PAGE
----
- The Washington Times - Friday, September 7, 2001

JERUSALEM Israel is planning to create no-go areas along its border with the West Bank, where Palestinians could be arrested for summary trial or shot for breaking the nighttime curfew.
The plan, intended to stop Palestinian militants entering Israel, follows a spate of car bombs and suicide killings in Jerusalem and other cities.
But it also would stop thousands of Palestinians going to jobs, worsening their unemployment rate of 38 percent.
The buffer zone was approved by the Israeli security Cabinet in June and kept secret because of political and military implications. A hostile Palestinian reaction is inevitable.
The Israeli military planned to announce the outlines of the plan on Wednesday, but Prime Minister Ariel Sharon called off a briefing at the last minute.
Mr. Sharon, who returned from a visit to Moscow yesterday, indicated that he had merely ordered a delay, saying the "process was meant to happen in the future."
Israel, meanwhile, continued to hunt and kill Palestinian militants.
Helicopter gunships fired missiles at a car in the West Bank town of Tulkarm, aiming to kill Raed Karmi, the local commander of the armed wing of the Fatah movement headed by Palestinian leader Yasser Arafat.
Two minor activists traveling with him were killed, but Mr. Karmi leapt from the car and was only slightly hurt. It was the third time in two weeks that an attempted Israeli assassination had failed.
The Israeli army said Mr. Karmi was responsible for the killings of six Israelis in the past 11 months and was planning more attacks.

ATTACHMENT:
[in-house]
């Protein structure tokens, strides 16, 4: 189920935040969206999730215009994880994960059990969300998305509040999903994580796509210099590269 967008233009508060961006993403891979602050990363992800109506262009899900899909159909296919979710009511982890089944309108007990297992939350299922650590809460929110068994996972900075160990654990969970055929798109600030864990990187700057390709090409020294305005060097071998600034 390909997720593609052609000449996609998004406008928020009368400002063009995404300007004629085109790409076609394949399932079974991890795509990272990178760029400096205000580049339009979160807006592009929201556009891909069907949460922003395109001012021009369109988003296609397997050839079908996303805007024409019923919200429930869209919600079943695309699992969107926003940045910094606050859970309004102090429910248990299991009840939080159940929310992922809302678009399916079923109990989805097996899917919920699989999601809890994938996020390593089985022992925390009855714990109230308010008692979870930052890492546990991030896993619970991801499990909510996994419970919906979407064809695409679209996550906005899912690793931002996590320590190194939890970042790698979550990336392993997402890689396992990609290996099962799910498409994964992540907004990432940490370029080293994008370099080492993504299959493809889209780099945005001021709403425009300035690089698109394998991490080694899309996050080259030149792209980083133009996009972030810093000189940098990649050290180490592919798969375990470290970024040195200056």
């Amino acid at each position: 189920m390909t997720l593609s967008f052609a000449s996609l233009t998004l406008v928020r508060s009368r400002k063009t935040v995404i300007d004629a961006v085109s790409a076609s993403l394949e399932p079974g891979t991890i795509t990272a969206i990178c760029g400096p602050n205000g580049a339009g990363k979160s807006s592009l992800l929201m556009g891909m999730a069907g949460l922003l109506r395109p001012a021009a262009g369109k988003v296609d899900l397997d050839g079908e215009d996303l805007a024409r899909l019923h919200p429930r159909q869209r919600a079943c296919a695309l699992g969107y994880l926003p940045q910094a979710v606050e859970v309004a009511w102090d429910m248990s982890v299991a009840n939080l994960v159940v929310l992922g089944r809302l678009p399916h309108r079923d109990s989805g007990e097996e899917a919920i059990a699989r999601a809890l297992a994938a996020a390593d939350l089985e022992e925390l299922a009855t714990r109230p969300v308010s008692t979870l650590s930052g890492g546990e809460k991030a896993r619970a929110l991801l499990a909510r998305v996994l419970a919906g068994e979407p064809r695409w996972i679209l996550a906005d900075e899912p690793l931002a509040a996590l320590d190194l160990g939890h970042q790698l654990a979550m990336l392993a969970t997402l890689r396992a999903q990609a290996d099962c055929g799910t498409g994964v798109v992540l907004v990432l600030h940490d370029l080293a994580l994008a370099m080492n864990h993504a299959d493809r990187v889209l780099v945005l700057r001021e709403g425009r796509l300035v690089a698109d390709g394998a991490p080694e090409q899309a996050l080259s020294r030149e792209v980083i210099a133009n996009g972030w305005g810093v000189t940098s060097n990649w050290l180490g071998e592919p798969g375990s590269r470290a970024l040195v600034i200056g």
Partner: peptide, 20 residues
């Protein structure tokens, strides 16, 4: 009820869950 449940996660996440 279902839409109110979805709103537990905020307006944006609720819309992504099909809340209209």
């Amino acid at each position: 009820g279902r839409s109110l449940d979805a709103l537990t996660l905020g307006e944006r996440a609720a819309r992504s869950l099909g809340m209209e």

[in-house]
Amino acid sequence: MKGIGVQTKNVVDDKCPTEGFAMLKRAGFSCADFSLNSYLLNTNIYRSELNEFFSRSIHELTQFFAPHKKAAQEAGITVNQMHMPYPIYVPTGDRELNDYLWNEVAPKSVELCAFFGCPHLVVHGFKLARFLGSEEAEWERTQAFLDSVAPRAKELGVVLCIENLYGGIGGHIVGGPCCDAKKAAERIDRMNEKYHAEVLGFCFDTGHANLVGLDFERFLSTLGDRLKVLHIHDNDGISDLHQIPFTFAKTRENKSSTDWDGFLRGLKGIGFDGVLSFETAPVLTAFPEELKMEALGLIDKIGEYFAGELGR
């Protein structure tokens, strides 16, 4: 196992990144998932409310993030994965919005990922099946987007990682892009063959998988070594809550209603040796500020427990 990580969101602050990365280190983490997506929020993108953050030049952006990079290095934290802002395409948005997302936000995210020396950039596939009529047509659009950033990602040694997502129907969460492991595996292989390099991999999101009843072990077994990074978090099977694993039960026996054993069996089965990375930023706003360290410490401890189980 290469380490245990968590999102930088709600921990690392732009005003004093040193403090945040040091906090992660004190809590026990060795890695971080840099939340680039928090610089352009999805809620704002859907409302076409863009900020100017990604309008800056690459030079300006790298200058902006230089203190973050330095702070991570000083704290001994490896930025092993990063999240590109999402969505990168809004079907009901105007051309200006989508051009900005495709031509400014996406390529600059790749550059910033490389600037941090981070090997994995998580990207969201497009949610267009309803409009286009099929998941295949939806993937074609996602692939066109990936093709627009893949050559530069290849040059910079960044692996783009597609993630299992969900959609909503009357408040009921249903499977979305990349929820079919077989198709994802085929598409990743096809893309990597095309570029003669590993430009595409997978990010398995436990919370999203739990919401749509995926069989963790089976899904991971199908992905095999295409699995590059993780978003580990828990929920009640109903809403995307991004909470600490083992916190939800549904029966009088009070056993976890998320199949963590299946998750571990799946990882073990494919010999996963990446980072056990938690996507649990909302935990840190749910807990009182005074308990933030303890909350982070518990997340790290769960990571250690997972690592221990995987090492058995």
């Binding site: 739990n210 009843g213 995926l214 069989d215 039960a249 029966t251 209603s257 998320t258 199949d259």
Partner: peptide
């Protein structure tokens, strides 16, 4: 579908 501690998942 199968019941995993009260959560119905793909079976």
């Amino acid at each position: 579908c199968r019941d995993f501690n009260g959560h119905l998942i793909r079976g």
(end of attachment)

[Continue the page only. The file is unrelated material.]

Palestinians described Israel's killings as "murder in cold blood" and said they were designed to derail a European attempt to organize a meeting between Mr. Arafat and Israeli Foreign Minister Shimon Peres.
Nabil Shaath, the Palestinian minister for international cooperation, said, "It is a continuation of the crimes conducted or ordered by Sharon in order to foil any new attempt to reach a peaceful settlement."
The planned buffer zone, described by Israeli officials on condition of anonymity, is likely to further sour relations with the Palestinian Authority because it would break agreements dividing the West Bank into areas of Israeli and Palestinian civil and security control.
The plan would require areas east of the border to be declared closed military zones. Only residents or farmers would be allowed in by daylight, and only if they had passes. In the curfew at night, army restrictions on opening fire would be relaxed.
The zone's width would vary from two miles in open areas to a few hundred yards in developed areas.
Ever since Palestinians focused on suicide attacks and car bombs in Israel, demands for an electronic fence to seal Israel from Palestinian territories have increased.
Such a plan, however, would be seen as negating three decades of Israeli settlement in occupied territories, making it all but impossible for the Israeli right to endorse. Israeli settlers in Palestinian territories would be on the wrong side and their dream of expanding borders would be lost.
The buffer zone plan is a compromise, avoiding a permanent fence while trying to stop Palestinians entering by back roads and fields.


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